Nevertheless, Howard College quickly caught on and continued to win game after game in its region, beating rival Birmingham-Southern several times over and becoming famous for their skill on the court.

Over one hundred years later, the Samford athletics program has churned out 7 NFL drafts, basketball teams that appeared twice in March Madness, and 22 drafted baseball players. The new Sports Hall of Fame will make an important connection for current student athletes and Bulldog fans to the humble foundations of their sports on this campus.

Adapted From:

Sixty Years of Howard College, 1842-1902 by Mitchell B. Garrett

-Letters between Spright Dowell and Harwell G. Davis, 1946


Baptists, Halabaloo and Bear Bryant, a commentary on school spirit on the anniversary of an historic football game


With Football season well underway, and the Bulldogs preparing for their first conference game of the season, the Bull Pup would like to take a look at school spirit.  These days, we have Moses and the Red Sea boosting spirit at the games, but what was Howard spirit like in the early 1900s?  Some suggested the best way to show school spirit at the time were through emotional game chants which often sounded like a Pentecostal revival meeting:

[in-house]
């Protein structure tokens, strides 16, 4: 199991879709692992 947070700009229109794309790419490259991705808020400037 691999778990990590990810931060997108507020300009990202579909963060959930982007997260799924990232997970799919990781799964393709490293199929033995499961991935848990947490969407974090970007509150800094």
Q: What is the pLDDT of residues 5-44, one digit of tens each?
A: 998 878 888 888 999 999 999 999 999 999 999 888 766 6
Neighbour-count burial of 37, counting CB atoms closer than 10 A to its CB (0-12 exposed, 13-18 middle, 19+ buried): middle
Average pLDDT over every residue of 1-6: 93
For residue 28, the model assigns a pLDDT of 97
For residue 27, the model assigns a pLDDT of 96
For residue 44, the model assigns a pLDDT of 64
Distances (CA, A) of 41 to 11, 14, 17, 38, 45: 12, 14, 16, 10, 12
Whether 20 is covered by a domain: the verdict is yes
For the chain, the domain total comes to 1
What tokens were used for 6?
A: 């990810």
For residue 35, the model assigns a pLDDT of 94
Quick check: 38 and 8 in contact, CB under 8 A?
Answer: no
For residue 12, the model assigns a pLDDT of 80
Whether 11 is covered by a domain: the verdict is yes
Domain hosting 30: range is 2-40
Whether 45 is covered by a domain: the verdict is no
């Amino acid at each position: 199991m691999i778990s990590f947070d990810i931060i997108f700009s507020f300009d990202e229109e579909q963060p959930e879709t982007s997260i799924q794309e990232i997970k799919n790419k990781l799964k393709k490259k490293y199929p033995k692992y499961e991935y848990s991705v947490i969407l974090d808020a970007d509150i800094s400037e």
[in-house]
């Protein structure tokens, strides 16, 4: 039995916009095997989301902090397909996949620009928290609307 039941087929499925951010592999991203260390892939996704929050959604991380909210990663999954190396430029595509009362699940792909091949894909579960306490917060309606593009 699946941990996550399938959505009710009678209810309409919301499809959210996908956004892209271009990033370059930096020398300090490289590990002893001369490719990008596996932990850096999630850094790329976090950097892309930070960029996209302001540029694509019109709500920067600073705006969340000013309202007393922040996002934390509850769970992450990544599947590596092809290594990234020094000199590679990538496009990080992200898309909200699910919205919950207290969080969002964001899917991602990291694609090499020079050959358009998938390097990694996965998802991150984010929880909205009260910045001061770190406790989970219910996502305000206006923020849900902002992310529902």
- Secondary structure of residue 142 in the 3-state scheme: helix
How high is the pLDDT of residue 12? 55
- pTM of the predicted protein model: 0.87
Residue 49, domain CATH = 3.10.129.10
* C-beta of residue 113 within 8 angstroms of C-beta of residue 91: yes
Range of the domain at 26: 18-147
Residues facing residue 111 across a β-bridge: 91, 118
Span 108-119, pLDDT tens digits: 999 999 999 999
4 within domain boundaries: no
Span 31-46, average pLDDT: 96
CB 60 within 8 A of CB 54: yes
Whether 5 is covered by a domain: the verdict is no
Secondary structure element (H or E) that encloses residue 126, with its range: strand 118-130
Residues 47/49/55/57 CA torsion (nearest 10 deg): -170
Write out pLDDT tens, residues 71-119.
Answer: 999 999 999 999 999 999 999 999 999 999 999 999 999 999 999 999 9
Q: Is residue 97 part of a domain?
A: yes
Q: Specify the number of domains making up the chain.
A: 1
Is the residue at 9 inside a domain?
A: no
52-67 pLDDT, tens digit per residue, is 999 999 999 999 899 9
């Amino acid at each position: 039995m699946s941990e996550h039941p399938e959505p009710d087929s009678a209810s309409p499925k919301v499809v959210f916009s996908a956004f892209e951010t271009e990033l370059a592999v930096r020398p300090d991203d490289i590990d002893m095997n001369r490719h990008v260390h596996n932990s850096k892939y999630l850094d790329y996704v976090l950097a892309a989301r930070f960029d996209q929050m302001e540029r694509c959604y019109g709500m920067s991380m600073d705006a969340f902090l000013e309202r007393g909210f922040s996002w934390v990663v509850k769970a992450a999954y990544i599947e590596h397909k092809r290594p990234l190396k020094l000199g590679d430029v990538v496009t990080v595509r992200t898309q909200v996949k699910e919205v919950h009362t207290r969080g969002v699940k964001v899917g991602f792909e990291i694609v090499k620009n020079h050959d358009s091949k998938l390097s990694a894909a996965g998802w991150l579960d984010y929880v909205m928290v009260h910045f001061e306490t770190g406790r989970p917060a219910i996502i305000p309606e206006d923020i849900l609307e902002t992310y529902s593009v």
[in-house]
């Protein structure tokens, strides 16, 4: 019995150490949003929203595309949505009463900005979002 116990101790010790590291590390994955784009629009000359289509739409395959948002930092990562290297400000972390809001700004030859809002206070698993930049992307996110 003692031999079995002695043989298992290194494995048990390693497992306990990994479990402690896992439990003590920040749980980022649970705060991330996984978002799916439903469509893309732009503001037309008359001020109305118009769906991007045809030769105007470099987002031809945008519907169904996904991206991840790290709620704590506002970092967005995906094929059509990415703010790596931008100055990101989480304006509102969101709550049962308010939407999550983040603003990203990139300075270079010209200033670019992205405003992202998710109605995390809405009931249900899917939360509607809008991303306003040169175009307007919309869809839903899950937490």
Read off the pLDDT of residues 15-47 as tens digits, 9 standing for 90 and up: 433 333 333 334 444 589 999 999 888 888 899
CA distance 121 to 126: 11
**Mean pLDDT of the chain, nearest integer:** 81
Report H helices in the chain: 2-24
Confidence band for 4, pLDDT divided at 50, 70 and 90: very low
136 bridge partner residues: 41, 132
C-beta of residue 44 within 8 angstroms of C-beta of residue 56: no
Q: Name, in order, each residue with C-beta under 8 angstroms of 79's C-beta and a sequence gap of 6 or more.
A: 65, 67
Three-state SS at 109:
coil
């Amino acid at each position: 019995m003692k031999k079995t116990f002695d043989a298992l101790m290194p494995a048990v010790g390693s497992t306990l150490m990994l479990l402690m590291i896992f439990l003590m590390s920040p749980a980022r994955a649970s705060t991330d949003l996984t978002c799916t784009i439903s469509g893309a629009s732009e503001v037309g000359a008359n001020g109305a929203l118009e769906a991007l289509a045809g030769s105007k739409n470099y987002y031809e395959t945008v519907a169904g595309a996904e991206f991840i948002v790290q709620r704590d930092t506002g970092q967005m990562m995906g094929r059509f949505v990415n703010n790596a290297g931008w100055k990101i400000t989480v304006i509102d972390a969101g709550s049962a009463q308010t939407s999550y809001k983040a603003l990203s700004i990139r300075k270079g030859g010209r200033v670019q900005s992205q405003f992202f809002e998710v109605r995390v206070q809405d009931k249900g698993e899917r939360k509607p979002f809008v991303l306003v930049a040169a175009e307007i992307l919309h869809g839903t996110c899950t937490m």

Halabaloo Ka – Halabaloo Ke neckaneck – Wa he-wa hi Howard, Howard, Rah rah, Who rah, who-rah!  Ching, Ching, Chow, Chow, Boom, Boom, Bow-wow, Howard!

Skyrocket ZZZZZZZZZZZ-Boom-ah (Whistle) – Howard!

Cheers such as these led the Bulldogs to the non-win triumph over the defending Rose Bowl champion Alabama Crimson Tide 78 years ago on September 28, 1935 at Denny Field in Tuscaloosa.

The Howard team arrived in Tuscaloosa at 9 a.m. that Saturday, September 28 more as lambs to the slaughter than ferocious bulldogs.  The 4,000 Alabama alumni and students in attendance expected to see, as a Birmingham journalist wrote, “Howard tumble” in a “warm-up affair” for the mighty Crimson Tide.